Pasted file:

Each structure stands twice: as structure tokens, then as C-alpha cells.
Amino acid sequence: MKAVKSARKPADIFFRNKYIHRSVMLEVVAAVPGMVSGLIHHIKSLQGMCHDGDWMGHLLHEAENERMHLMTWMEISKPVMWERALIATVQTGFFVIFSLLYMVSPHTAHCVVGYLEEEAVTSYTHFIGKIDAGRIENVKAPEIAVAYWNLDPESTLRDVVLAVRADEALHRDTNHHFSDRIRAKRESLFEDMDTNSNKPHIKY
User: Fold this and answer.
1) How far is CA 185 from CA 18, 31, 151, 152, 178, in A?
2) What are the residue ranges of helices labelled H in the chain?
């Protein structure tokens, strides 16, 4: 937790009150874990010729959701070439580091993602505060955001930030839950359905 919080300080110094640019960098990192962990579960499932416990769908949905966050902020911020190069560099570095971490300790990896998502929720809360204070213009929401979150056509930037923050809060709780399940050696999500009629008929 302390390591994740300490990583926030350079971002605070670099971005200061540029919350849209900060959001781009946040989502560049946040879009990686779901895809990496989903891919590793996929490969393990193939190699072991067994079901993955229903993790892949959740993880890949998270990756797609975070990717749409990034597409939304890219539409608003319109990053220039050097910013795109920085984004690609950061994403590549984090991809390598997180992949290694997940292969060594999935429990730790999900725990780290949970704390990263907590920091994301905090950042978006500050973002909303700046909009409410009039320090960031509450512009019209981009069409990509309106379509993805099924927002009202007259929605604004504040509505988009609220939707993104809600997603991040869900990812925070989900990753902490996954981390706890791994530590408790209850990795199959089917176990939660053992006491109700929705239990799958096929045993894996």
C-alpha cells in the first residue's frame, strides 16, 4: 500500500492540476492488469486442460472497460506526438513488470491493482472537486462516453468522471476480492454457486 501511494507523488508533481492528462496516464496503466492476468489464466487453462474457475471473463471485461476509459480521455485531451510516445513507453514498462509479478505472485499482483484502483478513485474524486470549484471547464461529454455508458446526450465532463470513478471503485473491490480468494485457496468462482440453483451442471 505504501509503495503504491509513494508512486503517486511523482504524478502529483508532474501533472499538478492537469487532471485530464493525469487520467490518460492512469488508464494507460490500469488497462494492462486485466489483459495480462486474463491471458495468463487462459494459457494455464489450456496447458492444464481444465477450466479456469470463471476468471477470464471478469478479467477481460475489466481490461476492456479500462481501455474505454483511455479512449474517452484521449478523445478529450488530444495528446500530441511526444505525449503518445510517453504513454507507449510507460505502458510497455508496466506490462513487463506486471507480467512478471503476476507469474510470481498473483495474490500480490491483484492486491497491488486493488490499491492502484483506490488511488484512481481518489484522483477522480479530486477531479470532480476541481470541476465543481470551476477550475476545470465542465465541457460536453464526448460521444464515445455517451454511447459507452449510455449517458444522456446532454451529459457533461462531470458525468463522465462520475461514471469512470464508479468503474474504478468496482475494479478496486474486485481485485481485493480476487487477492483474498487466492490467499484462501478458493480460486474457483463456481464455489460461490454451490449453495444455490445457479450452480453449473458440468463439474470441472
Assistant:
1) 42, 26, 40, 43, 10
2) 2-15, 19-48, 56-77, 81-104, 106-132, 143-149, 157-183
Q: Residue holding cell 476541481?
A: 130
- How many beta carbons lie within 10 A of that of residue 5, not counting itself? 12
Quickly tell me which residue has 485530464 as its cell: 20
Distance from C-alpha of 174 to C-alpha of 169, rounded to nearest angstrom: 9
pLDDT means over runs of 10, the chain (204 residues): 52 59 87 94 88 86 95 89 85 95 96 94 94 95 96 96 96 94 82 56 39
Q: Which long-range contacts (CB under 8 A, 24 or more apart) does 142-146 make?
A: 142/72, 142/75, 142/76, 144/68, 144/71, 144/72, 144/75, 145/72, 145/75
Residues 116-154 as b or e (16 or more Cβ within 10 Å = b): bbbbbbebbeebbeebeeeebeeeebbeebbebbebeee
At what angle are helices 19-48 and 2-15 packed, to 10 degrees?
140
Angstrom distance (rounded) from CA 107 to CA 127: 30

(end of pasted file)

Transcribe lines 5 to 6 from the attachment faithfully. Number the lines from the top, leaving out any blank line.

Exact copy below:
2) What are the residue ranges of helices labelled H in the chain?
């Protein structure tokens, strides 16, 4: 937790009150874990010729959701070439580091993602505060955001930030839950359905 919080300080110094640019960098990192962990579960499932416990769908949905966050902020911020190069560099570095971490300790990896998502929720809360204070213009929401979150056509930037923050809060709780399940050696999500009629008929 302390390591994740300490990583926030350079971002605070670099971005200061540029919350849209900060959001781009946040989502560049946040879009990686779901895809990496989903891919590793996929490969393990193939190699072991067994079901993955229903993790892949959740993880890949998270990756797609975070990717749409990034597409939304890219539409608003319109990053220039050097910013795109920085984004690609950061994403590549984090991809390598997180992949290694997940292969060594999935429990730790999900725990780290949970704390990263907590920091994301905090950042978006500050973002909303700046909009409410009039320090960031509450512009019209981009069409990509309106379509993805099924927002009202007259929605604004504040509505988009609220939707993104809600997603991040869900990812925070989900990753902490996954981390706890791994530590408790209850990795199959089917176990939660053992006491109700929705239990799958096929045993894996």